The hill tracts of the Mizoram-Tripura border have always been the same as long as one could remember. Roads are hard to find even under the clear skies of late summer. Earlier this year, monsoon rains in July had flooded the forest paths and rendered the territory almost inaccessible. But Bru refugees from Mizoram have been streaming into refugee camps in North Tripura District since 1997, after a conflict with the majority Mizos over land possession.
Divided and dispersed
Over eleven thousand Bru refugees currently live in six refugee camps in North Tripura district. Scarce amenities mark their lives as they refuse government initiatives to be repatriated. They say the government has not fulfilled the promises of proper rehabilitation to the returned Brus. Committees representing the refugees have also been known to discourage and even obstruct the camp inmates to return to their homeland.
The immediate cause of this self-imposed exile was the killing of a Mizo Forest Officer by miscreants which provoked retaliation by the Mizos. The Brus also argue that the demand for an Autonomous District Council raised by their community was resisted by the majority Mizos. Long held grievances between the two communities sprang out into the open and the Brus started crossing over into neighboring Tripura to look for safer sanctuaries. There were more than 30,000 Bru refugees living in the camps located in Kanchanpur sub-division of North Tripura a decade ago.
The Bru, primarily an agrarian community is the second largest tribe in Tripura. They are spread across the states of Mizoram, Assam, Manipur and Bangladesh. They practice jhum cultivation, worship Vishnu and maintain little contact with the majority Bengali people in Tripura.
The Brus are an ethno-linguistic minority in their native Tripura and in their adopted homes in other parts of North East India. Their history is thus an account of dispersion and division. The dislocation suffered by the Brus has from time to time given rise to demands for self-determination. These demands have sometimes taken violent forms. The Bru National Liberation Front (BNLF) was formed in 1997 after the clashes with Mizos that sparked the mass displacement to Tripura. Bru militants are still active and a trader was abducted from the Assam-Mizoram border by the militants only last month.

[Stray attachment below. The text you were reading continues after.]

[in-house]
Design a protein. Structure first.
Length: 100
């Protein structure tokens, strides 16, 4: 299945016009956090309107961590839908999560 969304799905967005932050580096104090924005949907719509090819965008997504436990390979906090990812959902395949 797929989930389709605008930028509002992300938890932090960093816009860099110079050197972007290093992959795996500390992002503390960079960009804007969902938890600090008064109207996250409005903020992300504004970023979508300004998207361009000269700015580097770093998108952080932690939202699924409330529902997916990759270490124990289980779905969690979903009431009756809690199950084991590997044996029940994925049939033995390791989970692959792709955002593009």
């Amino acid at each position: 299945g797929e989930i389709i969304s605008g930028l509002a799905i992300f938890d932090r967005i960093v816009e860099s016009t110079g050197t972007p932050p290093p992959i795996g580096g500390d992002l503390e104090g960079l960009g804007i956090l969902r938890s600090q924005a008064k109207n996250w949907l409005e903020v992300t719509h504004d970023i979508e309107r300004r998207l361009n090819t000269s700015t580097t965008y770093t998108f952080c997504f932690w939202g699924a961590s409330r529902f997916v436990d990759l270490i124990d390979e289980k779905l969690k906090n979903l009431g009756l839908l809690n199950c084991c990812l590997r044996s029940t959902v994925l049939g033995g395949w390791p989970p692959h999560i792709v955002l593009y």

On the other hand, fear of total marginalization led the Brus to raise the demand for an Autonomous District Council in Mizoram in 1997. But the resistance showed by the ethnic Mizos only added to the growing suspicion of the Brus. Then the long-winded exodus followed.
The flipside of the lived experience of the Brus is that they are insecure even in their native Tripura. They fled Mizoram to avoid suppression of their legitimate demands and camped in Tripura where they have no constitutional safeguards to guarantee their rights. Their sociological location in Tripura is not very different from that of Mizoram.
The ballot comes home
The coming Assembly elections in Mizoram have pushed the state administration once again to convince the Brus to return home.
A team comprising officials from the Election Commission and Mizoram poll administrators recently visited the refugee camps in Tripura after the displaced Brus were identified as eligible to vote in the Mizoram Assembly polls. Elections are supposed to be held at the site of the refugee camps according to government officials. The relocation of the ballot to the site of displacement camps is in sync with the displaced people’s marginal location. The ballot has come home for the refugees. They refuse to be repatriated but the government is equally headstrong to ensure the displaced people do not fall outside the electorate.
Skeptics can brush aside this initiative of the Mizoram government as political gimmickry to appease the Brus and other minority communities in Mizoram. But this step will prevent the displaced Brus from being further marginalized. Bringing the ballot home to the Brus will ensure that they would have a say in governance and preserve their right to choose their representatives even while living outside the politico-geographical boundaries of the state.
The interesting thing is that while the entire country goes for the more reliable Electronic Voting Machine (EVM) this time, the Brus will stick to the ballot paper while voting in their temporary home. Nearly 11,311 internally displaced Brus are preparing to cast their vote in the Mizoram Assembly polls.
Come December. How far will the Mizoram government succeed in preventing a displaced people from being disenfranchised?